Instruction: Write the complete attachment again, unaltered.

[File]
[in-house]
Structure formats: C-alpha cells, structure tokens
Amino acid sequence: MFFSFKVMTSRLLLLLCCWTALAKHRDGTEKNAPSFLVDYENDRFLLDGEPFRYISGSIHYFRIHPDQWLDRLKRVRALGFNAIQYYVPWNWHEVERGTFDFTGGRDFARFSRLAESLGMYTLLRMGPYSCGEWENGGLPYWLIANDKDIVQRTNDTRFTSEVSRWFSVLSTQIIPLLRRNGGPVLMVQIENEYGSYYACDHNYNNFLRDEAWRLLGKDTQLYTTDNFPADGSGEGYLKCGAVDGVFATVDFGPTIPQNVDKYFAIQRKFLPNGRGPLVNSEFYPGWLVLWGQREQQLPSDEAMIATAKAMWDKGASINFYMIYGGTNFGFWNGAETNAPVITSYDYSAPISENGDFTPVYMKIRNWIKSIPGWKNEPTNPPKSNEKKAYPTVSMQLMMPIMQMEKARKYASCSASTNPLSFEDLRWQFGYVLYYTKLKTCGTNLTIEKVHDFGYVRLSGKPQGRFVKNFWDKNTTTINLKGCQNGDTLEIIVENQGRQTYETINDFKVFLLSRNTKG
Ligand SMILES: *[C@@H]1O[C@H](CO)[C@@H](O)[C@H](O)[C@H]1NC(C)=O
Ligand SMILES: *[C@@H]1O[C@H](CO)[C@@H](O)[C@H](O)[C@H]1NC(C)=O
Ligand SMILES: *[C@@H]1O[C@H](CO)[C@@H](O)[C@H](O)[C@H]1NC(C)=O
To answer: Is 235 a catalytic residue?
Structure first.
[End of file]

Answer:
[in-house]
Structure formats: C-alpha cells, structure tokens
Amino acid sequence: MFFSFKVMTSRLLLLLCCWTALAKHRDGTEKNAPSFLVDYENDRFLLDGEPFRYISGSIHYFRIHPDQWLDRLKRVRALGFNAIQYYVPWNWHEVERGTFDFTGGRDFARFSRLAESLGMYTLLRMGPYSCGEWENGGLPYWLIANDKDIVQRTNDTRFTSEVSRWFSVLSTQIIPLLRRNGGPVLMVQIENEYGSYYACDHNYNNFLRDEAWRLLGKDTQLYTTDNFPADGSGEGYLKCGAVDGVFATVDFGPTIPQNVDKYFAIQRKFLPNGRGPLVNSEFYPGWLVLWGQREQQLPSDEAMIATAKAMWDKGASINFYMIYGGTNFGFWNGAETNAPVITSYDYSAPISENGDFTPVYMKIRNWIKSIPGWKNEPTNPPKSNEKKAYPTVSMQLMMPIMQMEKARKYASCSASTNPLSFEDLRWQFGYVLYYTKLKTCGTNLTIEKVHDFGYVRLSGKPQGRFVKNFWDKNTTTINLKGCQNGDTLEIIVENQGRQTYETINDFKVFLLSRNTKG
Ligand SMILES: *[C@@H]1O[C@H](CO)[C@@H](O)[C@H](O)[C@H]1NC(C)=O
Ligand SMILES: *[C@@H]1O[C@H](CO)[C@@H](O)[C@H](O)[C@H]1NC(C)=O
Ligand SMILES: *[C@@H]1O[C@H](CO)[C@@H](O)[C@H](O)[C@H]1NC(C)=O
To answer: Is 235 a catalytic residue?
Structure first.